In consulting several local organizations, we've learned the stream and ponds at Rose Hill Farm connect to the Saw Kill. Together with Scenic Hudson, and in cooperation with the NYS DEC, we're hosting a volunteer planting event at Rose Hill Farm. Hudson Estuary Trees for Tribs (tribs as in tributaries) program engages volunteers in restoring thousands of feet of streamside buffer through native trees and shrub planting.
- Date & Time: Saturday, October 29th from 10am until 2pm.
- Location: Rose Hill Farm, 19 Rose Hill Farm, Red Hook, NY 12571
- Planting Overview: Help us plant 100 native trees and shrubs to enhance water quality and pollinator habitat. You'll pick the planting sites, dig the holes, install the trees and armor them with tree tubes.
- Event Details: Wear clothes you won't mind getting dirty, including long pants, sturdy closed-toe shoes and a hat. Also bring gloves (if you have them), plenty of water and a packed lunch. Participants under age 18 must be accompanied by an adult.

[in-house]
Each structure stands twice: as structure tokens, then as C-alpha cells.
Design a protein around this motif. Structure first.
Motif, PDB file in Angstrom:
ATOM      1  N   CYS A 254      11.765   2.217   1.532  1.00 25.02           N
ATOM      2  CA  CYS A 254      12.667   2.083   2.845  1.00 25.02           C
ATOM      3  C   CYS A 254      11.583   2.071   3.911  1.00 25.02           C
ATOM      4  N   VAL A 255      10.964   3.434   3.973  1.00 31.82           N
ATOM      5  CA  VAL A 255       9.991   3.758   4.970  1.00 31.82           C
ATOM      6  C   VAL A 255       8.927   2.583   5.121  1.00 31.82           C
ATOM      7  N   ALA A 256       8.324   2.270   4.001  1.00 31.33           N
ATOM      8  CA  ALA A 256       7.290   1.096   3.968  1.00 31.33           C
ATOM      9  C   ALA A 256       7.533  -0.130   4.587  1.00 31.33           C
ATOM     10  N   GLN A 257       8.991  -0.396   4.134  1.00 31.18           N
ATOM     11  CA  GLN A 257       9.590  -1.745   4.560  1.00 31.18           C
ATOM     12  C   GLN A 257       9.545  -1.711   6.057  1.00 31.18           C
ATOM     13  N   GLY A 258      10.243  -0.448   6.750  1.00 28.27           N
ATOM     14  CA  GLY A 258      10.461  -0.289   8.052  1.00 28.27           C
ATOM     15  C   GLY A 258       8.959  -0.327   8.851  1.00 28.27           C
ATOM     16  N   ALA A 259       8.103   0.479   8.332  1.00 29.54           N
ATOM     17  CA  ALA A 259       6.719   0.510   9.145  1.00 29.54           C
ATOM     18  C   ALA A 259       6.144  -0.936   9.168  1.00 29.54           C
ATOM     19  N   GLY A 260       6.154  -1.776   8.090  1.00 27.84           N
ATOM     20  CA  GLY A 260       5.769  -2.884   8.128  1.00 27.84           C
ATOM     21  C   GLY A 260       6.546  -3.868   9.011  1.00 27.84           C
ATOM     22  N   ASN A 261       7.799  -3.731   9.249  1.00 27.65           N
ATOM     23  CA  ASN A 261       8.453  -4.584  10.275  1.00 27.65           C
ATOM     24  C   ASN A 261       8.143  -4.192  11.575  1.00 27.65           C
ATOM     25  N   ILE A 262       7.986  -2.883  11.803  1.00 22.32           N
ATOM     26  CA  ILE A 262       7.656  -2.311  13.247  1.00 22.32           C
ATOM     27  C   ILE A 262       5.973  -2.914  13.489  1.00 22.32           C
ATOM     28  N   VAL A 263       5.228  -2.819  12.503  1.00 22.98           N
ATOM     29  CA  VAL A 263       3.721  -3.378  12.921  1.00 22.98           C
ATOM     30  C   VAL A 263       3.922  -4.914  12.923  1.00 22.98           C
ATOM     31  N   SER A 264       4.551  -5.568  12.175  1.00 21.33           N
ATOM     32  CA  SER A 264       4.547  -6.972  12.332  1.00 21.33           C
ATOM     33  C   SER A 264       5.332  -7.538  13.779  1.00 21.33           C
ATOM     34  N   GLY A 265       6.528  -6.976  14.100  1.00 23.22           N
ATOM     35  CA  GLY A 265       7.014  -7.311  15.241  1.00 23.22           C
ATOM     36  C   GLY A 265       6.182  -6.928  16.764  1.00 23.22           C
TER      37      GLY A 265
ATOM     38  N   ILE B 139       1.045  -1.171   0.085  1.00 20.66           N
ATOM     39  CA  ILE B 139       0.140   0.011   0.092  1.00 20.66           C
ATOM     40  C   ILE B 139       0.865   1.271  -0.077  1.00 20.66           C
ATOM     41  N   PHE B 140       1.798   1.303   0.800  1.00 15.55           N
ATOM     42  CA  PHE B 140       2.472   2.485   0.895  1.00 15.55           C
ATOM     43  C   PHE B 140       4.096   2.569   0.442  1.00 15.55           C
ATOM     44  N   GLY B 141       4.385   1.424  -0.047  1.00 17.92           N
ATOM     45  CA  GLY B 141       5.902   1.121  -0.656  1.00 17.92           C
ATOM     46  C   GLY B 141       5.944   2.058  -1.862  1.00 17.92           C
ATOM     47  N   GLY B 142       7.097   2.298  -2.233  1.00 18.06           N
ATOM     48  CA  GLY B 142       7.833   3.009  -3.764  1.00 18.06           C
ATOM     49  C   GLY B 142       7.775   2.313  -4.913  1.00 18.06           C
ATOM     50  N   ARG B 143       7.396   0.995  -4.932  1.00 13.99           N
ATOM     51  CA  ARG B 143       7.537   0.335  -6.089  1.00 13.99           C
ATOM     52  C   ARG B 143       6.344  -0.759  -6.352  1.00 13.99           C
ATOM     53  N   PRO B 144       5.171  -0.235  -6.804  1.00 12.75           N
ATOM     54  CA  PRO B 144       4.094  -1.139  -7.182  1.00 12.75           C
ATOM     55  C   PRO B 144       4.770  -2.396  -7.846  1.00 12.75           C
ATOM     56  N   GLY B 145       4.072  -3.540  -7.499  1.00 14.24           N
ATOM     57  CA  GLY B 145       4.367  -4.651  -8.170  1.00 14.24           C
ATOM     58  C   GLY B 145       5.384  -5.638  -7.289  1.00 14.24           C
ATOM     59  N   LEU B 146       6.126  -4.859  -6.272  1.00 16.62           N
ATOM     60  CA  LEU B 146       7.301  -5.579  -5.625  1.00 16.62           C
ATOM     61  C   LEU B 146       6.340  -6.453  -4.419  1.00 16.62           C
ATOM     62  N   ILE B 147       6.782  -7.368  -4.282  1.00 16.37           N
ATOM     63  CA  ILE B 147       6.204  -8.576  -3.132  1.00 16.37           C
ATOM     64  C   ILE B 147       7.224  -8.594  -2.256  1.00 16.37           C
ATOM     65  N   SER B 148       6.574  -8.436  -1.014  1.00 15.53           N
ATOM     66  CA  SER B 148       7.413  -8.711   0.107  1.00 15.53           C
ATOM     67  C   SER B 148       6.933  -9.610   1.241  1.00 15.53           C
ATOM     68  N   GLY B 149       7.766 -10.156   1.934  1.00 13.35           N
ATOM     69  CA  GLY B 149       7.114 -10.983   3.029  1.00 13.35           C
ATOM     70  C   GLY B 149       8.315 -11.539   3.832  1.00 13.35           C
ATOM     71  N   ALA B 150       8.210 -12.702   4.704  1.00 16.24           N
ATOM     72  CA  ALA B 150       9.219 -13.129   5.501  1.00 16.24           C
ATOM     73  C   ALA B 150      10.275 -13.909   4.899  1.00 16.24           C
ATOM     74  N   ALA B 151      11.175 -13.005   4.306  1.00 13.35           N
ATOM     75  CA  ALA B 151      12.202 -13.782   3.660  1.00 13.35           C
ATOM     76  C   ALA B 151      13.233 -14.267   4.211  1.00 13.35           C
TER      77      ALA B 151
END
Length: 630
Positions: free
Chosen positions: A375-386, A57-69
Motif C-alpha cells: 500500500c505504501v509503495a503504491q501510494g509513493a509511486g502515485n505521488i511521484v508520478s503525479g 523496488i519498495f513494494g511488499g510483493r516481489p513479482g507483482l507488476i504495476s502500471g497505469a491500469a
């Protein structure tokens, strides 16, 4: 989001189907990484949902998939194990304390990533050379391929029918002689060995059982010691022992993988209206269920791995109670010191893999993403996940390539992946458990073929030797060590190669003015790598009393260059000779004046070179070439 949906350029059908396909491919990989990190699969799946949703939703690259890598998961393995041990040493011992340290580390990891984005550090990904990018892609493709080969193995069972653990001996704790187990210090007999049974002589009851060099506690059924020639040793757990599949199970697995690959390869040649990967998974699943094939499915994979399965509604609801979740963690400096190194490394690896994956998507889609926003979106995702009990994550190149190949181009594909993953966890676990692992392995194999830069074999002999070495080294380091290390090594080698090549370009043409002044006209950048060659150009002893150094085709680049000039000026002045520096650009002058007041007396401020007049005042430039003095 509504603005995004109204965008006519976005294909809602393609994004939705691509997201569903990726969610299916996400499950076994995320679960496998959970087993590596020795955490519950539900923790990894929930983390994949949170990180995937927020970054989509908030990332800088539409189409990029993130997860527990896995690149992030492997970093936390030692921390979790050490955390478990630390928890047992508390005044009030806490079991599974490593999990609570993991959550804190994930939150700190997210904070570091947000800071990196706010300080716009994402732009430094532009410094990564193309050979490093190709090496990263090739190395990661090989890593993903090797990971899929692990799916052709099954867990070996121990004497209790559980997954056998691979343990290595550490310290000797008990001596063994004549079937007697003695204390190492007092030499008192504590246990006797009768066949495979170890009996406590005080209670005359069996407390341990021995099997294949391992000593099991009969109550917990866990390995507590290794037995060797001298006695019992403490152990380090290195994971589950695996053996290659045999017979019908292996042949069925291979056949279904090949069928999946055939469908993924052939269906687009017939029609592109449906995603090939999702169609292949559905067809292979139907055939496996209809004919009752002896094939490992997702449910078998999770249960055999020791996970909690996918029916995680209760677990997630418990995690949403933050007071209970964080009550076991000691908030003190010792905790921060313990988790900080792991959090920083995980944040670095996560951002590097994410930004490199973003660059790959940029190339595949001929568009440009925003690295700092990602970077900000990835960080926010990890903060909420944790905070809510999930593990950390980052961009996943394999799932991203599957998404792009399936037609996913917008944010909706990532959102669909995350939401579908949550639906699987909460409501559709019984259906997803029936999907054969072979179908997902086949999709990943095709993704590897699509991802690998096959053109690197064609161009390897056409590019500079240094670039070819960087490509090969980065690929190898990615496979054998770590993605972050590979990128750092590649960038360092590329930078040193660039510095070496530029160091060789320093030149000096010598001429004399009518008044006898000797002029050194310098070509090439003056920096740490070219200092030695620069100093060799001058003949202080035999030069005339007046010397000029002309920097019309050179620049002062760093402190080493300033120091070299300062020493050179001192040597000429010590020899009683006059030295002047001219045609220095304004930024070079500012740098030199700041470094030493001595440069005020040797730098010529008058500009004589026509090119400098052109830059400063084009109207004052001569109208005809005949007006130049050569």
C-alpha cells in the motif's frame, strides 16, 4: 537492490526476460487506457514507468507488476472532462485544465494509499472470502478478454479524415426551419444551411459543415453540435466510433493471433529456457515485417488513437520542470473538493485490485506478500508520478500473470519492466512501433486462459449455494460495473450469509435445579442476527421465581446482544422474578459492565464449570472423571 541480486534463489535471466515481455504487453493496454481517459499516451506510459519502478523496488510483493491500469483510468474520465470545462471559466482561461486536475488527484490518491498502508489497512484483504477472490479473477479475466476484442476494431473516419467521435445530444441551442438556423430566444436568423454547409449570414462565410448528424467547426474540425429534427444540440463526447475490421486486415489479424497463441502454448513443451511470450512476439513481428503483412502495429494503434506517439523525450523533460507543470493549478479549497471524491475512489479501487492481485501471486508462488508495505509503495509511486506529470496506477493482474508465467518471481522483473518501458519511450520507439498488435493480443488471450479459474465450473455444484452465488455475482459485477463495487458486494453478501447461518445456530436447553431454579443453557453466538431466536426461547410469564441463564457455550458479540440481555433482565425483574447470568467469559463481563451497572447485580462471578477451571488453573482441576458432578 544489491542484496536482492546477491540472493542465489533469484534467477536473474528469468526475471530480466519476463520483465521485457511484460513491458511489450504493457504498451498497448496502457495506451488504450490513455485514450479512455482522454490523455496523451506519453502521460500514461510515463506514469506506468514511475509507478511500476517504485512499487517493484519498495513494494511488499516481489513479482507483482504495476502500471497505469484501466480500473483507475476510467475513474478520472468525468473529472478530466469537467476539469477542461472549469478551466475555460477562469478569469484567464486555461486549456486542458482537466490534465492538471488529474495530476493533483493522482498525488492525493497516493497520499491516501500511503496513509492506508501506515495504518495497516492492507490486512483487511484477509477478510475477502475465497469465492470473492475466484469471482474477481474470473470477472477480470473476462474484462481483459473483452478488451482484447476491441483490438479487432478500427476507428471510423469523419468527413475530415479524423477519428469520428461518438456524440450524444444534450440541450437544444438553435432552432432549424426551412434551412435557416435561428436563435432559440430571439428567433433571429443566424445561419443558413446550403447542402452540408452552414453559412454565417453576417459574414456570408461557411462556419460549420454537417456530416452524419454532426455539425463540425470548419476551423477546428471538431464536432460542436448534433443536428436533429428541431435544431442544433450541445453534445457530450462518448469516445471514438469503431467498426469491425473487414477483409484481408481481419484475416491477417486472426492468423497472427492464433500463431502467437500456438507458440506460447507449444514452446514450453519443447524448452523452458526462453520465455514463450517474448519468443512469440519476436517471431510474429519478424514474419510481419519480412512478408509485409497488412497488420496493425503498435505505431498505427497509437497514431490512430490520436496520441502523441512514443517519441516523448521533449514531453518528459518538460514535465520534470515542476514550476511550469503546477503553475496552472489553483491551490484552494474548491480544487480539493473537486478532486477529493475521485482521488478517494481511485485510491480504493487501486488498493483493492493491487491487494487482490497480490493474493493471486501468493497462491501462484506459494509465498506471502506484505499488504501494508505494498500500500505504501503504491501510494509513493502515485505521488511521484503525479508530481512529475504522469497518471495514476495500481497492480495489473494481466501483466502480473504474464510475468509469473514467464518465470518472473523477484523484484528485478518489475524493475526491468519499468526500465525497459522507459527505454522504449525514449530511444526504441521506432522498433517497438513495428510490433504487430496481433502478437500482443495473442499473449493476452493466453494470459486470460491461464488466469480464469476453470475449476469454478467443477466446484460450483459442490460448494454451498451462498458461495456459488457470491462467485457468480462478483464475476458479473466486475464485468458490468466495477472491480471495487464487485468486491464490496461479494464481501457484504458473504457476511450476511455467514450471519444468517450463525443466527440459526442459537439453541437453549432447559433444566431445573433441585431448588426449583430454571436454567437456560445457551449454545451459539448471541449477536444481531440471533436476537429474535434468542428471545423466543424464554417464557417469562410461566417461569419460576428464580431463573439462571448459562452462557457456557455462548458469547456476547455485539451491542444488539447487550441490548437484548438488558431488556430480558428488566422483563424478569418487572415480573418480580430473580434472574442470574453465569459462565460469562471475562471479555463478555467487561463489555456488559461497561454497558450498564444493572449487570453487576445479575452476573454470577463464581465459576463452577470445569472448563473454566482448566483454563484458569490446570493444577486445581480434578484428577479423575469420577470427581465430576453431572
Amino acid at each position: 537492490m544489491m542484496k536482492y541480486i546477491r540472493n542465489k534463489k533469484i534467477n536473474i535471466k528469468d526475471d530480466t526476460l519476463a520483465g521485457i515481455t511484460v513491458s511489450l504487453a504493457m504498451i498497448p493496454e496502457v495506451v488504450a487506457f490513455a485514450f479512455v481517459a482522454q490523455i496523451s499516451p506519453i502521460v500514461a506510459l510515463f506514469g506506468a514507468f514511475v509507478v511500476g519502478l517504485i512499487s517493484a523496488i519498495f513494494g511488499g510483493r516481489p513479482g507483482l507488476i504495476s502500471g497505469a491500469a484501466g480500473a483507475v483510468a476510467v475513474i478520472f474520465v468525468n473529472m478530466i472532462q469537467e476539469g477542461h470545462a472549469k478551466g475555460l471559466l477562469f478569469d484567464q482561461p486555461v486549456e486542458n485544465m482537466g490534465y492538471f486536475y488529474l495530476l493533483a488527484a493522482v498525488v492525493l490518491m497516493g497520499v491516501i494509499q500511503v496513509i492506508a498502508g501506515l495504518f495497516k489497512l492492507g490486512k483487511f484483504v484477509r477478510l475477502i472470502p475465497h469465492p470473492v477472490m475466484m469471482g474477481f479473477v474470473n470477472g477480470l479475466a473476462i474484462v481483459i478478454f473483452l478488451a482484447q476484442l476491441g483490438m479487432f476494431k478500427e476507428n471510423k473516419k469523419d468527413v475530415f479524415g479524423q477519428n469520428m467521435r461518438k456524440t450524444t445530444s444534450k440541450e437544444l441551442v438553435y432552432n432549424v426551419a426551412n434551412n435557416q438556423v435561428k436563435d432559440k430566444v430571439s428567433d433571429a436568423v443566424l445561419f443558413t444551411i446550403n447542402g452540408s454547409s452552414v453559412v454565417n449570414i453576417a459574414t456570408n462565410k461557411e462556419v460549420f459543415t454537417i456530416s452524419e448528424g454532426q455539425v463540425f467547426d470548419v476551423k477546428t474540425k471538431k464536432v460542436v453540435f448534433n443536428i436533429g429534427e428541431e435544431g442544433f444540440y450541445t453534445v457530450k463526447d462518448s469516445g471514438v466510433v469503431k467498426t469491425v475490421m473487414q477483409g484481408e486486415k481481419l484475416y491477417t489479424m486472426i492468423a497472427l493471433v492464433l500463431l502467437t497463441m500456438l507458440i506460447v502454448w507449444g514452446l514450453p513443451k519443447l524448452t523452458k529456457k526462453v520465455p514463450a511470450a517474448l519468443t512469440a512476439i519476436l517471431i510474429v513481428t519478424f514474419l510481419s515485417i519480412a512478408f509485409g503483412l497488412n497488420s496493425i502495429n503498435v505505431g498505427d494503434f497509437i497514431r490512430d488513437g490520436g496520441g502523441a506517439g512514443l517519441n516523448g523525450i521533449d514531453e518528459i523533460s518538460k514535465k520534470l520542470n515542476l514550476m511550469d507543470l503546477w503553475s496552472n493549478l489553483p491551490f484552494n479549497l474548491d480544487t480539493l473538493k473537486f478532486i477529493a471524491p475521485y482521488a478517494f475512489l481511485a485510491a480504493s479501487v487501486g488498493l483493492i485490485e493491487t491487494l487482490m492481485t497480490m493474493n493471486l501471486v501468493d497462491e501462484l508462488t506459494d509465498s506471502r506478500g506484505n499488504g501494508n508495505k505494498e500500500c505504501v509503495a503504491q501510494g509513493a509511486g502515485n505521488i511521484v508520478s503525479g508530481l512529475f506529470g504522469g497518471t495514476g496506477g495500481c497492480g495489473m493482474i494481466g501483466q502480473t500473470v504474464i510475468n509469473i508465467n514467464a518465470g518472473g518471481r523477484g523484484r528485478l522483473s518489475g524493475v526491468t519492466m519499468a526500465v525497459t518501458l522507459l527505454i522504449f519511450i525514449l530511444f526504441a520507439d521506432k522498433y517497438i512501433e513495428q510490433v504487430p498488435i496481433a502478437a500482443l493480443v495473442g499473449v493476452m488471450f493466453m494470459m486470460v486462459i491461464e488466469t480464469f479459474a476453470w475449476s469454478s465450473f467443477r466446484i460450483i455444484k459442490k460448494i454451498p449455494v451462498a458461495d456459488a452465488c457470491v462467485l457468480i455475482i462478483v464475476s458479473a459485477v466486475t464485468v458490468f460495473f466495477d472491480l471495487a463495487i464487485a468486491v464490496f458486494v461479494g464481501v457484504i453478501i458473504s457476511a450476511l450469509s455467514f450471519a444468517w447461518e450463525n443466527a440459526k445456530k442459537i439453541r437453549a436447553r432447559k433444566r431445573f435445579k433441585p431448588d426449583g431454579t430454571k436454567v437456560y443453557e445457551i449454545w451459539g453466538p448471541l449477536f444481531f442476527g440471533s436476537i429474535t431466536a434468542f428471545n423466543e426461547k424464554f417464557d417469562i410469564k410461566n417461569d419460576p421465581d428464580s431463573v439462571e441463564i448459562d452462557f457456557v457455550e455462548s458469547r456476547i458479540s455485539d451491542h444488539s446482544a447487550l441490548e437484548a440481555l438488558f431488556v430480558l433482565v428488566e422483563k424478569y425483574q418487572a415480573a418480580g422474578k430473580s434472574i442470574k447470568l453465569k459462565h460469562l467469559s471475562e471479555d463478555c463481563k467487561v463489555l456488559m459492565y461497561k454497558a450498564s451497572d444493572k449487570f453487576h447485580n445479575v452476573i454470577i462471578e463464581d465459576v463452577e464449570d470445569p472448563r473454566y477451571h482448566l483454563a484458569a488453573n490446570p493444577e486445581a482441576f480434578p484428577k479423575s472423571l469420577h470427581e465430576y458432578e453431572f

- Questions? Contact Scenic Hudson Parks Event and Volunteer Coordinator, Anthony Coneski: firstname.lastname@example.org, 845-473-4440, ext. 273.
FYI: Riparian (streamside) buffers are a major component to maintaining healthy streams and waters and their conservation is a critical element of any holistic watershed program. Riparian areas are often severely damaged during the land development process, leading to unintended negative impacts to our streams and rivers. Composed of trees, shrubs and grasses, these buffers help to reduce pollution entering waterways by slowing down and filtering runoff, thus extending retention time and improving water quality. Buffers also help to reduce flooding and erosion by stabilizing shorelines and absorbing high velocity flows. In addition, they serve an important role for wildlife as a shoreline transition zone and travel corridor, not to mention increasing overall biodiversity and improving in-stream health.